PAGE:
Lateral flow tests (LFT) are more accurate than previously reported and cannot be compared directly to how polymerase chain reaction (PCR) tests work, according to new research from University College London (UCL).

The research, published in Clinical Epidemiology, shows that LFTs are more than 80% effective at detecting any level of Covid-19 infection and likely more than 90% effective at detecting those who are most infectious when using the test. 

It also highlighted that LFTs work in a very different way to PCR tests and cannot be compared ‘like for like’. LFTs detect material from the surface proteins of the virus and are very likely to give a positive result when someone is infectious whereas PCR tests detect the virus’ genetic material, which can be present for weeks after a person is no longer infectious.

PCR test is a marker of having been infected at some point 

Lead author, Professor Irene Petersen (UCL Institute of Epidemiology and Health Care), explained: “Previous studies comparing the reliability of lateral flow tests and PCR tests could be potentially misleading because a PCR test is a marker of having been infected at some point within a certain window of time and does not necessarily mean someone is infectious when testing positive.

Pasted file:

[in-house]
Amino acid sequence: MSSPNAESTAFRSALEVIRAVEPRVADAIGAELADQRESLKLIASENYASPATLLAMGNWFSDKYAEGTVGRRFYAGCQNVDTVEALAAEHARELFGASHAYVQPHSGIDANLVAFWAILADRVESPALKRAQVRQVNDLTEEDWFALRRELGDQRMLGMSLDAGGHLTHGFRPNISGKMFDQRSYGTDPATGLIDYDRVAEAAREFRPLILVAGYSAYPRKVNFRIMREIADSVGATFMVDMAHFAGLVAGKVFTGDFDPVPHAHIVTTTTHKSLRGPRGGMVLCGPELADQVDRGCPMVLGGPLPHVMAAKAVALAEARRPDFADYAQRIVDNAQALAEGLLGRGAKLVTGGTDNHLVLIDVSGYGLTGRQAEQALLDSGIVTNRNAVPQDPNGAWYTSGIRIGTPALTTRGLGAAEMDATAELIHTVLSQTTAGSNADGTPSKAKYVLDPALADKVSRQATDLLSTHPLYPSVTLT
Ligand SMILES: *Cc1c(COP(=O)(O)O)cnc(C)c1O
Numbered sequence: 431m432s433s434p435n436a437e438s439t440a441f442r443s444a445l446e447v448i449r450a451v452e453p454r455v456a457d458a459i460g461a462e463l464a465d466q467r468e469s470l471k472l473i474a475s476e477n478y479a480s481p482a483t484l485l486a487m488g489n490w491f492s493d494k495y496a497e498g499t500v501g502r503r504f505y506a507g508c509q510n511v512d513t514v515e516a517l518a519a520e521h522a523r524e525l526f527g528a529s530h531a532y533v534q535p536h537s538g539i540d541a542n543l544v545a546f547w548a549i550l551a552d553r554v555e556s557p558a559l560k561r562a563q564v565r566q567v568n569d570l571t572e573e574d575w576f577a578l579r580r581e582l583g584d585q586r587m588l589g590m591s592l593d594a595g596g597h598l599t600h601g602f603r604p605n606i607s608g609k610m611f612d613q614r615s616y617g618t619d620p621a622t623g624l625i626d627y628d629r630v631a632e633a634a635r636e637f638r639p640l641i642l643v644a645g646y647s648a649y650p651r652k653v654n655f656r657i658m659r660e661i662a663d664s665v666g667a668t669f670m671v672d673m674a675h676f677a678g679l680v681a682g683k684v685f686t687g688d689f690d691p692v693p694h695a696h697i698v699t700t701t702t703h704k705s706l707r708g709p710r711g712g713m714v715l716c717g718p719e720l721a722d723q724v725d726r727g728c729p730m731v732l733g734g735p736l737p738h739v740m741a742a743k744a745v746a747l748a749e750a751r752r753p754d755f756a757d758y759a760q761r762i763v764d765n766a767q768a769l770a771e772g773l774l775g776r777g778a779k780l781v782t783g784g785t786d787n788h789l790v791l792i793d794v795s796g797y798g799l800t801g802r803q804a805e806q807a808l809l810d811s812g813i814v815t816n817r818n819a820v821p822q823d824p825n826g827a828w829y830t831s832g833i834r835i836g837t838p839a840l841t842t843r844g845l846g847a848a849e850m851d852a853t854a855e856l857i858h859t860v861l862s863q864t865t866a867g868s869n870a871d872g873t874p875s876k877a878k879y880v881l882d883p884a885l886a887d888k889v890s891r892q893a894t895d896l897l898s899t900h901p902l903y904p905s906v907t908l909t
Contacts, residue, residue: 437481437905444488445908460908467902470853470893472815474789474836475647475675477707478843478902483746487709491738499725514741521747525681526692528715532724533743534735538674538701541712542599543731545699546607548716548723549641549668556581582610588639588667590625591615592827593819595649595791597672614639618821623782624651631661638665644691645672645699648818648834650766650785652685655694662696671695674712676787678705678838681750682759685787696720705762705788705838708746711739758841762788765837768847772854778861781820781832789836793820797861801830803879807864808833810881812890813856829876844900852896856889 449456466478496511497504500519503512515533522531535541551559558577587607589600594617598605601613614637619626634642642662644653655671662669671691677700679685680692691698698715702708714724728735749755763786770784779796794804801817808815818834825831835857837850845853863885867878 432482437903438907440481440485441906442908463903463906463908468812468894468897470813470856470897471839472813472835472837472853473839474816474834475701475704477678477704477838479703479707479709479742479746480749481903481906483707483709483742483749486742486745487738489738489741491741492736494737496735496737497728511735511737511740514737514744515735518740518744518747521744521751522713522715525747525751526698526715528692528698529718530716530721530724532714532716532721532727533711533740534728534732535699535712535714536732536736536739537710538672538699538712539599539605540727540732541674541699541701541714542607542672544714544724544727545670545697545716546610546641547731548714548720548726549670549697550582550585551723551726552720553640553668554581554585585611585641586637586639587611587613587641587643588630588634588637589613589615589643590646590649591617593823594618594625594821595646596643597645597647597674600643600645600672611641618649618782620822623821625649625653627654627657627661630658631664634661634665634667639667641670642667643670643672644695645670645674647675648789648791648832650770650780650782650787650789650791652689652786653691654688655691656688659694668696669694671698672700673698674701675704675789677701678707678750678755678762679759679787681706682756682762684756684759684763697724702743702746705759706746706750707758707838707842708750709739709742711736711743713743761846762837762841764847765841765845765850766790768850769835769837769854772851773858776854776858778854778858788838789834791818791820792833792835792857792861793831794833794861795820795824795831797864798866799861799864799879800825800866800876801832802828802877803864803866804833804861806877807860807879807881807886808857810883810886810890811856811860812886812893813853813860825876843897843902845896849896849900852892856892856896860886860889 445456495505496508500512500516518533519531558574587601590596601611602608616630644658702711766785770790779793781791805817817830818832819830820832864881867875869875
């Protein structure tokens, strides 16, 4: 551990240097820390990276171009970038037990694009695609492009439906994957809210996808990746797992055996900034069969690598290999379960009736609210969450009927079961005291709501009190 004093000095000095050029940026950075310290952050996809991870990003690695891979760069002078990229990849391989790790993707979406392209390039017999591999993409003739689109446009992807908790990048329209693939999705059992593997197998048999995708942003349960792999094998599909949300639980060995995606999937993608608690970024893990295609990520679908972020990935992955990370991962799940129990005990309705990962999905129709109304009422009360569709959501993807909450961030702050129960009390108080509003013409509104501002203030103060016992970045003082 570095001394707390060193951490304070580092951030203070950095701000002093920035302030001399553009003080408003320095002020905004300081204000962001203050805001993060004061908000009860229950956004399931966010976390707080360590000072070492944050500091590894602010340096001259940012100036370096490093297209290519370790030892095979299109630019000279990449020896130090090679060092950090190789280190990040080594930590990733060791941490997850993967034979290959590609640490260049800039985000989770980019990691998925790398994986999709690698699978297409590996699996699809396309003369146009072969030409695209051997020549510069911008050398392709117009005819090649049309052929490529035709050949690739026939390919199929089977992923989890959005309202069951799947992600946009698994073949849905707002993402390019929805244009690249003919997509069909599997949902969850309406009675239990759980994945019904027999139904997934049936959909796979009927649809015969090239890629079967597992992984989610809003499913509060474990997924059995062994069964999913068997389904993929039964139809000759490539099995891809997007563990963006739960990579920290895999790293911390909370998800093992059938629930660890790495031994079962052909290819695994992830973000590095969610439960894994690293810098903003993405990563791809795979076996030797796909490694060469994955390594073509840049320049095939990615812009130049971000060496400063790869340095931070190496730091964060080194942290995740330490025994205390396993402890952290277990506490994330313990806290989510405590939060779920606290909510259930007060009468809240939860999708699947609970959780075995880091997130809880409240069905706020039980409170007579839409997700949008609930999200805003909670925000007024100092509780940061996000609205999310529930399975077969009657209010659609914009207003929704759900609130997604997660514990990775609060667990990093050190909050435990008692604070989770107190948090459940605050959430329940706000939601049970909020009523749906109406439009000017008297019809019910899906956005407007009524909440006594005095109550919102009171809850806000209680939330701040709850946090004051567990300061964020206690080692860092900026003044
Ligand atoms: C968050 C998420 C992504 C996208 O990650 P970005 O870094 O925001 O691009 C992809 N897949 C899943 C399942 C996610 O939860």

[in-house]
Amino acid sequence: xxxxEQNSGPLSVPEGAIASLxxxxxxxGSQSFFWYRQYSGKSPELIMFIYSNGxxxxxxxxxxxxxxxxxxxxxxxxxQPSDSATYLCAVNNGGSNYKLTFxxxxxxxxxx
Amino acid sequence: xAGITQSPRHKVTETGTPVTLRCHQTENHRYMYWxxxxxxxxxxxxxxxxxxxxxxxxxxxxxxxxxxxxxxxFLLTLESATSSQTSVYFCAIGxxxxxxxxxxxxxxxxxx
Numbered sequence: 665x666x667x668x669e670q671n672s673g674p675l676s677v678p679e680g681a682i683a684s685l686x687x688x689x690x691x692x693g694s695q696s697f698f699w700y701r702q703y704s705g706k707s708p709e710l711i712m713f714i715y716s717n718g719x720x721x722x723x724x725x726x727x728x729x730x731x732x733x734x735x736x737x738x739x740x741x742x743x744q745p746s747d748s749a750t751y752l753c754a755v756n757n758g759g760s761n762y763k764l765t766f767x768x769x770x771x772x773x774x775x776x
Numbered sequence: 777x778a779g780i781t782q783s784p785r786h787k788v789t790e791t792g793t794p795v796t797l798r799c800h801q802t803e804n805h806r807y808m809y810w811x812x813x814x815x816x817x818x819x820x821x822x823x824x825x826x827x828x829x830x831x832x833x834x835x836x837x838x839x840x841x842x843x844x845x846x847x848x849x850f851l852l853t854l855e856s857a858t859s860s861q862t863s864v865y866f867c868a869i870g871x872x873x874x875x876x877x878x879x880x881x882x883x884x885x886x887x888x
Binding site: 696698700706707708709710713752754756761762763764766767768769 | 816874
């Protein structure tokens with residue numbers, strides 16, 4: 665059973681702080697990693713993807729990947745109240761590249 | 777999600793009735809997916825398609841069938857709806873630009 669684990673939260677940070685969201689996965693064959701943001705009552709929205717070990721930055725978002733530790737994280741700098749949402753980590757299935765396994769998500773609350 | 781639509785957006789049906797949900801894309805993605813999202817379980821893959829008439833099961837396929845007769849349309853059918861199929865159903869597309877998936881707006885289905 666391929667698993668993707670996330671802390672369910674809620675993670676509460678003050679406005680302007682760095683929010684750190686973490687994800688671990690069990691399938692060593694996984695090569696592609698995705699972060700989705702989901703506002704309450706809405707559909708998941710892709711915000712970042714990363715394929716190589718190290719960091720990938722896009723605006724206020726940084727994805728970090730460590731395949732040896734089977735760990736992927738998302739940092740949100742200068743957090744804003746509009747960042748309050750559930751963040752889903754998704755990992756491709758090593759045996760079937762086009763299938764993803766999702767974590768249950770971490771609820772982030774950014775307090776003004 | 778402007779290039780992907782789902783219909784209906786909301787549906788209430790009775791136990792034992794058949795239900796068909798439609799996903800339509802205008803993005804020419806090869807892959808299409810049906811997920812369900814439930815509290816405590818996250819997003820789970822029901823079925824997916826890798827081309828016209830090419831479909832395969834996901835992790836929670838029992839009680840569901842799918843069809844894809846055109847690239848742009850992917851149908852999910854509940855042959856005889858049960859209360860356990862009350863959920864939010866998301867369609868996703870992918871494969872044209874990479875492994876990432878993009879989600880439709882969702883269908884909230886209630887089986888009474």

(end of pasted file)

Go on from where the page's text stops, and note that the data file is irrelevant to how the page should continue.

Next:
“In most validation studies, individuals were tested simultaneously with LFTs and PCR tests, with PCRs being used as a gold standard to say someone is ‘positive or negative’. The sensitivity of the LFTs was therefore evaluated by their ability to identify the same cases that the PCRs picked up. However, this is like comparing apples and oranges.”

The paper presents a formula for calibrating the sensitivity of LFTs and gives an illustrative example from a study in Liverpool. In the Liverpool study a head-to-head validation suggested the sensitivity of LFT was only 40%. However, after taking into account the differences between the tests and the biology of Covid-19 the UCL-led team suggests that, in reality, the sensitivity of the typical LFT in being able to identity someone who is likely to be infectious, is above 80%.

Professor Michael Mina (Harvard School of Public Health) said: “It is most likely that if someone’s LFT is negative but their PCR is positive then this is because they are not at peak transmissible stage.”

 The authors acknowledge that the sensitivity of the LFTs is, of course, dependent on sampling errors and experience of the person performing the sampling and the test and that these uncertainties are not taken into account in their formula calibrations.